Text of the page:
Baylor has largely been spared the upheaval that has recently shaken the state’s public universities, which have been at the center of a politically charged debate that has questioned their mission and the value of academic research.

“We do have the advantage of knowing who we are,” Starr said. “We don’t have an identity crisis. We don’t have to have great debates over, ‘What is this all about?’”

He said accessibility was the most significant challenge facing higher education. Like the public institutions, which are suffering from declining state appropriations and placing an increased financial burden on students, independent colleges must build new models for fundraising in an effort to keep costs down, he said.

While government plays an important role in higher education, especially in financing research, Starr said, “that can only be a part — and I think perhaps even a diminishing part — of what is the engine that’s driving higher education.”

“It now has to come from the extended family,” Starr said.

Shortly after taking the helm, he began an ambitious campaign to raise $100 million over three years to boost the university's endowment. Nearly $35 million has already been secured — in part because of Starr’s national stature.

“This has been very biblical,” he said. “How did the ancient Israelites build the tabernacle in the wilderness of Sinai? Well, they all pitched in, as opposed to looking to some rich member of the community to do everything.”

This collaborative sensibility informs Starr’s approach as an administrator. Jones characterized him as a “uniter and a peacemaker.” White said that after reaching out to every corner of the Baylor community, Starr — Baylor’s fourth president or interim president since 2005 — “is on the way to healing those deep wounds that have existed” among alumni, faculty and previous Baylor administrations.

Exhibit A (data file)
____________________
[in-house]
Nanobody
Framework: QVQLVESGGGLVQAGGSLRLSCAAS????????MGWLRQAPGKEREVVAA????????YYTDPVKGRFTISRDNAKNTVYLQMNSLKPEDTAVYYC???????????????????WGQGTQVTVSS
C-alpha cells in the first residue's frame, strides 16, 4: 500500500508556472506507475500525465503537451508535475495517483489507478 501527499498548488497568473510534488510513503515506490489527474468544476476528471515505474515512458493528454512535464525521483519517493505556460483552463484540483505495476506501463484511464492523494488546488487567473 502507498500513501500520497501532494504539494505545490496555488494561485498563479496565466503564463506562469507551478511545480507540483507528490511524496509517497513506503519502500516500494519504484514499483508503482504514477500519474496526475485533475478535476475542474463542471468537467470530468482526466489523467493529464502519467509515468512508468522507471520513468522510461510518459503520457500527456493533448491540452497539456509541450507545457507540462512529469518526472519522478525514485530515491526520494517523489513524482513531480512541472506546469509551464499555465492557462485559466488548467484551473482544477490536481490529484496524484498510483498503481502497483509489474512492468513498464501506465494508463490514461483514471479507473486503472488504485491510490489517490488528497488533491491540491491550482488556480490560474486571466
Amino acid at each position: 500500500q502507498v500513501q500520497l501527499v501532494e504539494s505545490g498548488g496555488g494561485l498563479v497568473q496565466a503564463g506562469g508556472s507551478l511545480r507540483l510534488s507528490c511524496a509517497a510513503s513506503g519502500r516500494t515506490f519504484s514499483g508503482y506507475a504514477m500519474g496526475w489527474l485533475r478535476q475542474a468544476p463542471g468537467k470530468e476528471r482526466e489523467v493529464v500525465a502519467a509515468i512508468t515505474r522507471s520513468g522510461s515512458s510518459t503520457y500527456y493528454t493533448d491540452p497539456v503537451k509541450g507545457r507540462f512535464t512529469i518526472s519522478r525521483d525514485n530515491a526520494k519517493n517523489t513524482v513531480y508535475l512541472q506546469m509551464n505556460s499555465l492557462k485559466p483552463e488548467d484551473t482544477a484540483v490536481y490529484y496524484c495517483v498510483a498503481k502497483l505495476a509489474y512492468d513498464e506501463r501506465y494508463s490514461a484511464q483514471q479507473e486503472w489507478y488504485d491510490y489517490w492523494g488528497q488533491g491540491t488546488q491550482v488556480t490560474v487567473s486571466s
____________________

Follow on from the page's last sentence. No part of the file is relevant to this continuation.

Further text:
Starr’s communitarian philosophy also extends to the athletic conference struggles. “A conference at its best is a collegial group of folks who, like a family, if you have a conflict, you try to work your way through those,” he said.

In April, the remaining 10 members of the Big 12 Conference signed a television contract with Fox Sports worth more than $1 billion, and Starr said he thought the conference was stable. In a rare moment of self- congratulation, he noted that Baylor agreed to equal revenue sharing, though an unequal distribution scheme would have redounded in its favor.

“We weren’t looking for a bouquet,” Starr said. “We were trying to build this institution called the Big 12.”

But then A&M decided it wanted out, in part due to rival UT’s lucrative Longhorn Network deal with ESPN. Starr said “legitimate and serious issues” were raised, but were being worked through as a conference.

“To say it was a disappointment would be a vast understatement,” he said of A&M’s decision.

Baylor responded by refusing to waive its right to sue until it could assess its potential damages, effectively forcing A&M to stay in the Big 12 Conference for a short time. But in recent days, the trend lines have begun favoring the outcome Baylor has pushed for: a preserved, stable Big 12 Conference — with a new institution brought in to replace A&M, which recently announced that it would indeed be moving to the SEC on July 1, 2012.

Starr hopes not to revisit the issue next summer, but instead to be able to focus on university building initiatives. “I’m not a legacy person,” he said. “I just don’t want to foul it up.”

No matter which teams Baylor (off to a 2-0 start this season) ends up playing, when a football game begins at Floyd Casey Stadium, do not look for Starr in the president’s box. He is more likely to be found running out on the field among the Baylor Bears.

Editor's note: This story has been updated to reflect the recent official announcement that Texas A&M would move to the SEC on July 1, 2012.